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Ancient Egyptian religion

Ancient Egyptian religion
Ancient Egyptian religion was a complex system of polytheistic beliefs and rituals which were an integral part of ancient Egyptian society. It centered on the Egyptians' interaction with many deities who were believed to be present in, and in control of, the forces and elements of nature. The practices of Egyptian religion were efforts to provide for the gods and gain their favor. Formal religious practice centered on the pharaoh, the king of Egypt. Although a human, the Pharaoh was believed to be descended from the gods. Individuals could interact with the gods for their own purposes, appealing for their help through prayer or compelling them to act through magic. The religion had its roots in Egypt's prehistory and lasted for more than 3,000 years. Theology The beliefs and rituals now referred to as "Ancient Egyptian religion" were integral within every aspect of Egyptian culture. Deities The gods Osiris, Anubis, and Horus, in order from left to right Associations between deities Atenism

Ogdoad In Egyptian mythology, the Ogdoad (Greek "ογδοάς", the eightfold) were eight deities worshipped in Hermopolis during what is called the Old Kingdom, the third through sixth dynasties, dated between 2686 to 2134 BC. In Egyptian mythology[edit] Together the four concepts represent the primal, fundamental state of the beginning. They are what always was. In the myth, however, their interaction ultimately proved to be unbalanced, resulting in the arising of a new entity. When the entity opened, it revealed Ra, the fiery sun, inside. The entity containing Ra is depicted either as an egg or as a lotus bud. In the former version, a mound arises from the waters. In Gnosticism[edit] The number eight plays an important part in Gnostic systems, and it is necessary to distinguish the different forms in which it appeared at different stages in the development of Gnosticism. 7 + 1[edit] Seven heavens[edit] Eighth sphere[edit] The mysteries of the number seven are treated of by Clem. 6 + 2[edit] 4 + 4[edit]

God in Buddhism Gautama Buddha rejected the existence of a creator deity,[1][2] refused to endorse many views on creation[3] and stated that questions on the origin of the world are not ultimately useful for ending suffering.[4][5] Some teachers tell students beginning Buddhist meditation that the notion of divinity is not incompatible with Buddhism,[8] and at least one Buddhist scholar has indicated that describing Buddhism as nontheistic may be overly simplistic;[9] but many traditional theist beliefs are considered to pose a hindrance to the attainment of nirvana,[10] the highest goal of Buddhist practice.[11] Some variations of Buddhism express a philosophical belief in an eternal Buddha: a representation of omnipresent enlightenment and a symbol of the true nature of the universe. The primordial aspect that interconnects every part of the universe is the clear light of the eternal Buddha, where everything timelessly arises and dissolves.[22][23][24] Early Buddhism Brahma in the Pali Canon Dr.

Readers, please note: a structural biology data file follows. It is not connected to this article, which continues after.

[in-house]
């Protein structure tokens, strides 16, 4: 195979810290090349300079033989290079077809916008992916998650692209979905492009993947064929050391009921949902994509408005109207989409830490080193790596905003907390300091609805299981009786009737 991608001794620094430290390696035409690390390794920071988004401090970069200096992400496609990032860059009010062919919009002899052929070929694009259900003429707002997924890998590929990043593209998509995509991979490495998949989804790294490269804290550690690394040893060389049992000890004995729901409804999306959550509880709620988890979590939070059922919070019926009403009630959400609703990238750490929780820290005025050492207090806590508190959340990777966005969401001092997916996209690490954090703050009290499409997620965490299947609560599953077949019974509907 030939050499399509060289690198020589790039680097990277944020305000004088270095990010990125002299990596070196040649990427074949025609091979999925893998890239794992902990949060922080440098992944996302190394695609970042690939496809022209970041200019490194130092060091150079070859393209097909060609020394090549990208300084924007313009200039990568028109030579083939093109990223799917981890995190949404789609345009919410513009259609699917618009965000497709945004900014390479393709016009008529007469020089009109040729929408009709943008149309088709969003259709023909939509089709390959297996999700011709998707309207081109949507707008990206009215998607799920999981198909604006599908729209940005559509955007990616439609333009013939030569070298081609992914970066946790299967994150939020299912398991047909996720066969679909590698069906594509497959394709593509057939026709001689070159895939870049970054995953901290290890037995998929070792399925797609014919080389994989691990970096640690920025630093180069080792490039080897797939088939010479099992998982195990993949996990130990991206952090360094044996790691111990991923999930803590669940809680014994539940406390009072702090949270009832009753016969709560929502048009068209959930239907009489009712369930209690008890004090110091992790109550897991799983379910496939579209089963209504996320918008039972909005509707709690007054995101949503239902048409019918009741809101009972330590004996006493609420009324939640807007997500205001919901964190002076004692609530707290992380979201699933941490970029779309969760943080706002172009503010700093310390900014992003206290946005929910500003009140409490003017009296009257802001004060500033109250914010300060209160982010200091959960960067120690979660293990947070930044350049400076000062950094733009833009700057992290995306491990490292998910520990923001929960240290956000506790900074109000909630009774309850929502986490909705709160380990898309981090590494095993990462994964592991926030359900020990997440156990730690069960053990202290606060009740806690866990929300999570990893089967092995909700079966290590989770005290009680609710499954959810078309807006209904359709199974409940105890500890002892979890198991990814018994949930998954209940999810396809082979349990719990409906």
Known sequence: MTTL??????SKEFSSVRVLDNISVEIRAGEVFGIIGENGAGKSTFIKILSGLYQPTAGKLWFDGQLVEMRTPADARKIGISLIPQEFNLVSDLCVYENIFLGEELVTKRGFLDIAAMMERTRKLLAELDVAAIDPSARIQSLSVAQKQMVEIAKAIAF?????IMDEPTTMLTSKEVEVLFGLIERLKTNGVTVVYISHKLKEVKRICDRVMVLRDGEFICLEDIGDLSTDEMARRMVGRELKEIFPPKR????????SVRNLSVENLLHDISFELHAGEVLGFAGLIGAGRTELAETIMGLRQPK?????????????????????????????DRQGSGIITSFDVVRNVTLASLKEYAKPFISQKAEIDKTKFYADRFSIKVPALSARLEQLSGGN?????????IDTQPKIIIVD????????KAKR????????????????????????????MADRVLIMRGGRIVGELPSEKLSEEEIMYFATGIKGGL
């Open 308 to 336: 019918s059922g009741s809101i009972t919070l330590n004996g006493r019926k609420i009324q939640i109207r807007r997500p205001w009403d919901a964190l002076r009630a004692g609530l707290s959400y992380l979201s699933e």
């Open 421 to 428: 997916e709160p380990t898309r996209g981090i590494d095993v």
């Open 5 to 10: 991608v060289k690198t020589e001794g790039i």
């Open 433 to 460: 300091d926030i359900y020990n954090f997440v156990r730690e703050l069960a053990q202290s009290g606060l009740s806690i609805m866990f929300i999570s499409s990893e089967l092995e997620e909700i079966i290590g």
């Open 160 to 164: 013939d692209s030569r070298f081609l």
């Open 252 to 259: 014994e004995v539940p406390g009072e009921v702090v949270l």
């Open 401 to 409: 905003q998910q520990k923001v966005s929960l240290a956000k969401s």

Sphinx Perhaps the first sphinx, Queen Hetepheres II from the fourth dynasty (Cairo Museum) A sphinx (Greek: Σφίγξ /sphinx/. Bœotian: Φίξ /Phix) is a mythical creature with, as a minimum, the body of a lion and a human head. In Greek tradition, it has the haunches of a lion, sometimes with the wings of a great bird, and the face of a human. In European decorative art, the sphinx enjoyed a major revival during the Renaissance. Generally the role of sphinxes is associated with architectural structures such as royal tombs or religious temples. Back of Sphinx, Giza Egypt Egyptian sphinxes[edit] The largest and most famous sphinx is the Great Sphinx of Giza, situated at the Giza Plateau adjacent to the Great Pyramids of Giza on the west bank of the Nile River and facing due east ( WikiMiniAtlas 29°58′31″N 31°08′15″E / 29.97528°N 31.13750°E / 29.97528; 31.13750). Perhaps the first sphinx in Egypt was one depicting Queen Hetepheres II, of the fourth dynasty that lasted from 2723 to 2563 BC.

Augustine of Hippo In the Catholic Church and the Anglican Communion, he is a saint, a pre-eminent Doctor of the Church, and the patron of the Augustinians. His memorial is celebrated on 28 August, the day of his death. He is the patron saint of brewers, printers, theologians, the alleviation of sore eyes, and a number of cities and dioceses.[11] Many Protestants, especially Calvinists, consider him to be one of the theological fathers of the Protestant Reformation due to his teachings on salvation and divine grace. In the East, many of his teachings are not accepted. Life[edit] Childhood and education[edit] At the age of 17, through the generosity of his fellow citizen Romanianus,[24] Augustine went to Carthage to continue his education in rhetoric. At about the age of 19, Augustine began an affair with a young woman in Carthage. Teaching rhetoric[edit] During the years 373 and 374, Augustine taught grammar at Thagaste. Augustine won the job and headed north to take up his position in late 384. Relics[edit]